Mr Kyerematen told the Appointments Committee of Parliament when he appeared before vetting on Monday January 23 that if given the nod to become the substantive minister, he would facilitate the party’s six strategic pillars to support the private sector and also transform the economy.
He told the committee: “First [we’ll] facilitate access to capital, particularly medium- to long-term capital. We all recognise that it is not as if the banks in this country do not provide credit and financing but we know it is the tenure of the credit that they provide, which is a challenge for our companies. So our first focus will be on facilitating access to medium- and long- term capital. It is in this regard that we’ve made a number of commitments. First is to refocus the operations of the National Investment Bank to provide medium- to long-term credit.”
“Secondly, we’ve proposed the establishment of The Industrial Development Fund, which will literally do the same thing, and also we’ve talked about reviving and recapitalising existing financial intermediation that will also produce the same thing.
“The third element is the establishment of a number of strategic anchor industries including the petrochemical industry, iron and steel industry, integrated aluminium bauxite industry, the pharmaceutical industry, vehicle assembly and automotive industry, and also last but not the least the manufacturing of machinery and equipment and components. The reason why we are focusing on these mega anchor industries is because we are talking about transformation. The stimulus package for existing companies will make a contribution. There is no doubt about that. The One-District-One-Factory will make a contribution but if you are looking at transformational change, then you are looking at these anchor industries that will have a fundamental long lasting effect on our economy.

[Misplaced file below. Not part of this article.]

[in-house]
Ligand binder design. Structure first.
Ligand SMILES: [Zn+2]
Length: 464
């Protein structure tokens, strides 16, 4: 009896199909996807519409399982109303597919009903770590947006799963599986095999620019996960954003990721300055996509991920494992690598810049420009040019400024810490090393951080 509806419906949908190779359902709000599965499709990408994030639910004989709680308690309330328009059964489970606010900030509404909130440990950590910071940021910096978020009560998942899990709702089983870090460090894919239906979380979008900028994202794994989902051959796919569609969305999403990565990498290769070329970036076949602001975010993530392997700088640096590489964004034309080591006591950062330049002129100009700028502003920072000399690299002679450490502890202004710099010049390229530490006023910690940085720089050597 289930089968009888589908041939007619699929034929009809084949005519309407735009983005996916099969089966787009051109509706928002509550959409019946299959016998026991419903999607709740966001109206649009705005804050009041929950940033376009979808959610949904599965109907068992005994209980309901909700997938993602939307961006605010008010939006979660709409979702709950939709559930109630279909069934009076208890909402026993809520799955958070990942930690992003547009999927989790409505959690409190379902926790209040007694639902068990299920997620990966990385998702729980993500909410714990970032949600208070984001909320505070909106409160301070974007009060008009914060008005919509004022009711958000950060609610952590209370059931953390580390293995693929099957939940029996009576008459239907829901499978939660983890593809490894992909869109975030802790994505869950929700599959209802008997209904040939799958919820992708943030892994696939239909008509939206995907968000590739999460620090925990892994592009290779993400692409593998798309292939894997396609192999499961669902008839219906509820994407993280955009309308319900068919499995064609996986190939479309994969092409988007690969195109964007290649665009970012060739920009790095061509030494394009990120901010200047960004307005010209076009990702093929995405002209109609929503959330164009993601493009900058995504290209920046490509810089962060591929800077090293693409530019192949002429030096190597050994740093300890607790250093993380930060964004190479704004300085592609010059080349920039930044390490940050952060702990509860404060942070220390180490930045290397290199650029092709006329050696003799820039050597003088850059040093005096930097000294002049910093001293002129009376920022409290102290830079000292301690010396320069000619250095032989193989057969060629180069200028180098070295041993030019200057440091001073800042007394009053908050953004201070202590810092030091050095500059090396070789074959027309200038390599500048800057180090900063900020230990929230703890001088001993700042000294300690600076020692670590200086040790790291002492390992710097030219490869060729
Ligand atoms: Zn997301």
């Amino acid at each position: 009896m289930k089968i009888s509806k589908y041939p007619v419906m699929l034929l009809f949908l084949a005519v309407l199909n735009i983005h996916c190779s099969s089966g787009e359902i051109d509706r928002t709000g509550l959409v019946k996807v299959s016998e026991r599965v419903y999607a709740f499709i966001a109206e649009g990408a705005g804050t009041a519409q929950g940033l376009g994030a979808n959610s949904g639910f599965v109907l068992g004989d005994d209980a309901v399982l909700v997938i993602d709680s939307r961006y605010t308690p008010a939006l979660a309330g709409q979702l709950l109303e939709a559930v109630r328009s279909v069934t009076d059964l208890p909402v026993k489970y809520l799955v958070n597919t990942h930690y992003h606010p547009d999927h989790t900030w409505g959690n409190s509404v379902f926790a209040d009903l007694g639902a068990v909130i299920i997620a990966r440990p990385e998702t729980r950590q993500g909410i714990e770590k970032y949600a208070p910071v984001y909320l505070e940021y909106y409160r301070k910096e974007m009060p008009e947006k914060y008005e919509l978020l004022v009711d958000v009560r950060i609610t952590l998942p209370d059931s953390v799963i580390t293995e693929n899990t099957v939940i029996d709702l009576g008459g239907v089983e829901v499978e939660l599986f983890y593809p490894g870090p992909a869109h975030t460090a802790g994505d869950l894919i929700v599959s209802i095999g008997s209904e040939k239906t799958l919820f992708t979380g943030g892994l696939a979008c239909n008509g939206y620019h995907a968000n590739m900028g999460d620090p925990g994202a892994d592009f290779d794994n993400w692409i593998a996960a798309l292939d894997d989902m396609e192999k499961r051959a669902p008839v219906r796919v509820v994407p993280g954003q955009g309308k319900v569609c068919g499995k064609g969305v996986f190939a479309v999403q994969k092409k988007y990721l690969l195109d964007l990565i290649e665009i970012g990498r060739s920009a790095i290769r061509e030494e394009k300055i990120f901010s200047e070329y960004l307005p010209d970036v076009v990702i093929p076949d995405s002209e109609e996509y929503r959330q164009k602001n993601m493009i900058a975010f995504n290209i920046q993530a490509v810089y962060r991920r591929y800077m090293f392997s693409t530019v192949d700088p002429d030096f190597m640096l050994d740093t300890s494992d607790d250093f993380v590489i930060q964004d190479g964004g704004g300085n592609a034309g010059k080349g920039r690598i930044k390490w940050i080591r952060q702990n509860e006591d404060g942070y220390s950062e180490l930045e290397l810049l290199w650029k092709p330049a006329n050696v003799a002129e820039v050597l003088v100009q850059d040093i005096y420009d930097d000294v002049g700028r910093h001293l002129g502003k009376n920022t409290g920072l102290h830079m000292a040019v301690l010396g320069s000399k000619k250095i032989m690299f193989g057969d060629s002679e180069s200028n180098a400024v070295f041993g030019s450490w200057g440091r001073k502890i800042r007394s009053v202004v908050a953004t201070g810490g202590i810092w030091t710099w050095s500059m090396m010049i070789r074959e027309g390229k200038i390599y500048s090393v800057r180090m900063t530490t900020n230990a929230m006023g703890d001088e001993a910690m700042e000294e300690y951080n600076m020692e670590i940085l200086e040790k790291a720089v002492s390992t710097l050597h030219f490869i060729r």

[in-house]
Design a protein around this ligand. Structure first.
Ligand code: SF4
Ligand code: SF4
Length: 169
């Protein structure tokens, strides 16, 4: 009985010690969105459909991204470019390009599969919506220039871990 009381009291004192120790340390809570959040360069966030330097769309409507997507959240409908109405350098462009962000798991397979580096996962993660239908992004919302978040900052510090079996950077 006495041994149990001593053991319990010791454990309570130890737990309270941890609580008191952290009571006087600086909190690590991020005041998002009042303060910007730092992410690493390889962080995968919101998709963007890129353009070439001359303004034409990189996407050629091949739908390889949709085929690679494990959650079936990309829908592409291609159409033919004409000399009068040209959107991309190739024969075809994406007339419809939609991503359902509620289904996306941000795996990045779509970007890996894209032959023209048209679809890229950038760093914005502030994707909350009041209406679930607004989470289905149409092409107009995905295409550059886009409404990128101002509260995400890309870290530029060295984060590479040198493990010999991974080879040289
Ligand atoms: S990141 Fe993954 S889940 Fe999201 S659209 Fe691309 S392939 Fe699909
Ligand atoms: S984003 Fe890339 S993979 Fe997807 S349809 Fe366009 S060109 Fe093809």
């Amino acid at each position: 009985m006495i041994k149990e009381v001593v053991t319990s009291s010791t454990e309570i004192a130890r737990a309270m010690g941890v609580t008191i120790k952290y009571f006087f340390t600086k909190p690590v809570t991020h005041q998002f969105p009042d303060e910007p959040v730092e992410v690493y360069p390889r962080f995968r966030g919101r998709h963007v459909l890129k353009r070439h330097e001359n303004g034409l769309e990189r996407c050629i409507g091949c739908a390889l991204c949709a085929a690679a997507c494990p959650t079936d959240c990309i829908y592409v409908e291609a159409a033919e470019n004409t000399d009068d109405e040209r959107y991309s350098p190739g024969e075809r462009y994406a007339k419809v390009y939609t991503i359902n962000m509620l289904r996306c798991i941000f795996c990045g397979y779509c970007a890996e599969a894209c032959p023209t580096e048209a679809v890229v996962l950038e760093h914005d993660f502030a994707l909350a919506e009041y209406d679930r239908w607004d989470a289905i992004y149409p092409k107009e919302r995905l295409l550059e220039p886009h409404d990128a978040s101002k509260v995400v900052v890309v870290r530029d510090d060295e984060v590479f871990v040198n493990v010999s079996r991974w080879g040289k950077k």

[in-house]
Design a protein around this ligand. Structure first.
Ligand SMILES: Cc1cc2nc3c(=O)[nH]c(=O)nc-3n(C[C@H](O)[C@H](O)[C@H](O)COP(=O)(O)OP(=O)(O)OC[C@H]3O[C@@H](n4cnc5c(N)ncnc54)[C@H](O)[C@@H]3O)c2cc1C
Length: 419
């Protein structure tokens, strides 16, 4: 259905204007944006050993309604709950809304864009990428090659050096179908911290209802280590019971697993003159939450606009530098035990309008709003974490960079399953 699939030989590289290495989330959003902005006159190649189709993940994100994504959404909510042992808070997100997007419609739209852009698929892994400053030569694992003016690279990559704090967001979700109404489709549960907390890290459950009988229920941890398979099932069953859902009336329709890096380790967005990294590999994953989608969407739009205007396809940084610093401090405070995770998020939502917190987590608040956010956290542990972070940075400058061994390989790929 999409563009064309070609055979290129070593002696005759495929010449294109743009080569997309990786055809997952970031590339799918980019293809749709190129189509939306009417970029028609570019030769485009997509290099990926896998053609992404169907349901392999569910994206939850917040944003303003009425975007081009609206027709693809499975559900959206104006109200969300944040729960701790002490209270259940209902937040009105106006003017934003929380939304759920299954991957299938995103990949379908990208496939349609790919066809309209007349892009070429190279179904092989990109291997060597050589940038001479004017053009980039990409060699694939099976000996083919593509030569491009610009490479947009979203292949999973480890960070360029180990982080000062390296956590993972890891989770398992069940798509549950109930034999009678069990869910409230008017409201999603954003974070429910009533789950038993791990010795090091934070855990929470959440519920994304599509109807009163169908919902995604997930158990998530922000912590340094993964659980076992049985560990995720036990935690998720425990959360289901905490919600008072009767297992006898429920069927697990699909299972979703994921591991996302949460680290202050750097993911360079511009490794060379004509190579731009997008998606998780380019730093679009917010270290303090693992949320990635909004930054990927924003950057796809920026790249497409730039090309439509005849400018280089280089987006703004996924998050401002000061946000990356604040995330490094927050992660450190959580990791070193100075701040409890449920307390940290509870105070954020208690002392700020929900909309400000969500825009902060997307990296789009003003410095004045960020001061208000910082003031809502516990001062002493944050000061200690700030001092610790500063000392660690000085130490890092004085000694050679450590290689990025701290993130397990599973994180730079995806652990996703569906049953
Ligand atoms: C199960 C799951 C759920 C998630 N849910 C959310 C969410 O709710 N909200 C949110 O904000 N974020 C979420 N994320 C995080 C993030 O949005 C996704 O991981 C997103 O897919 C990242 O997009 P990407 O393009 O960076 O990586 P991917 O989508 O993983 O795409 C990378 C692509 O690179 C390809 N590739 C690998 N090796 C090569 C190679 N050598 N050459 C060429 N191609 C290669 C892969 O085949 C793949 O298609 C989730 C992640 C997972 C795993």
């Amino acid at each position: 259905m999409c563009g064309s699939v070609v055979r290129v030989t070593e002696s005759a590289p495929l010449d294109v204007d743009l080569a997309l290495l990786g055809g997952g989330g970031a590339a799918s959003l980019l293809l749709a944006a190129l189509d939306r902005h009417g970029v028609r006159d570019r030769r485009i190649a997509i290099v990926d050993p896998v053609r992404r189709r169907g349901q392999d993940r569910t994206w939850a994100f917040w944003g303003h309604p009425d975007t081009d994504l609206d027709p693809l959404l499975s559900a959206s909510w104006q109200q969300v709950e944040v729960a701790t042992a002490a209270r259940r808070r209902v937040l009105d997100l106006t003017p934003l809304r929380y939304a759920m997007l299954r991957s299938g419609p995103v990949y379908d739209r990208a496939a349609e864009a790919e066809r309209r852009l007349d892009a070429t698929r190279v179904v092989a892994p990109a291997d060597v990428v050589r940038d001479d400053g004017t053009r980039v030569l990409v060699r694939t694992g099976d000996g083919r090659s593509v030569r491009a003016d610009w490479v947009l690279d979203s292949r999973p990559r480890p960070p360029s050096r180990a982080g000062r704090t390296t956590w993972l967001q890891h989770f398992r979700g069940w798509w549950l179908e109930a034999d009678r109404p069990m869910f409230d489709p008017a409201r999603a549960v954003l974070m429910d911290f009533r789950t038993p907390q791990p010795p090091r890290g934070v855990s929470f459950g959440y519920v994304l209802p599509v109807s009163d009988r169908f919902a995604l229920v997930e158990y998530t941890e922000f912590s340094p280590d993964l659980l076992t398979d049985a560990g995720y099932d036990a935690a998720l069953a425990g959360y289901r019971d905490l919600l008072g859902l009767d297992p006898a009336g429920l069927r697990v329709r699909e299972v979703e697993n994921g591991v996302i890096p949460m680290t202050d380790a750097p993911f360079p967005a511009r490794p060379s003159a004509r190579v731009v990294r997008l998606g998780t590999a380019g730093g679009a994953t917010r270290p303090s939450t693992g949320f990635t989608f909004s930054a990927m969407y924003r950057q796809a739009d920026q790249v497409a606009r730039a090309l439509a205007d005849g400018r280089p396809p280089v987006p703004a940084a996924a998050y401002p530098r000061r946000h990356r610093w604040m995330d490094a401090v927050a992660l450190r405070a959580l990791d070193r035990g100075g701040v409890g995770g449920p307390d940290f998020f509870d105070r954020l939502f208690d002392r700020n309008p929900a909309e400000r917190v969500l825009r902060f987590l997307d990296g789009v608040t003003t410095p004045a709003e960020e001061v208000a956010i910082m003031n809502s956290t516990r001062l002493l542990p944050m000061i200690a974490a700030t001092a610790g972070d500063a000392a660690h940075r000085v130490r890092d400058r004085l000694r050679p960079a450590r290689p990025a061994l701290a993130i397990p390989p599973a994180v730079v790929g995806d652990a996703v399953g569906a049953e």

“The fourth component is to now zero in on domestic trade. If we are going to support local industries then obviously we have to be concerned about how we help them with their domestic trade agenda. And so we will be looking at a number of interventions [and] helping to improve and modernise domestic retail infrastructure. …We also want to use our local content provisions [and] legislation to support the consumption of locally made goods.
“Now the fifth component is to promote exports. Again if we did all that I’ve talked about and do not focus on how we expand our export base we’ll not generate enough foreign exchange to support our local currency. So underpinning all these is a very aggressive programme to export development.
“For over a century we’ve been relying on cocoa, gold and timber as our major export crops and we believe that it is time for us to look at export diversification and in this regard, we are not going to just look at our export destination that has served us well for many years. We are going to concentrate on the continental and regional market. I’m sure, Mr Chairman, it will be pleasing for members to note that there is something major going to happen in Africa which is not yet on the radar of many countries – which is, Africa is going to become a common market, a continental free zone by 2017.
So those countries who will take the lead in transforming their productive infrastructure to industrialisation now will have an opportunity to export to the whole of Africa duty-free, quota-free. So that is also the basis for our export programme. We’ll still look at AGOA because I think it provides significant opportunities for export revenue generation and of course the IPAS is also an opportunity for us to diversify.
“Last but not the least is business development and investment, particularly in respect to small business promotion. And we are proposing a new entrepreneurship and innovation plan which will enhance our support to small and medium enterprises. So these are the six strategic pillars underpinning our industrial transformation agenda.”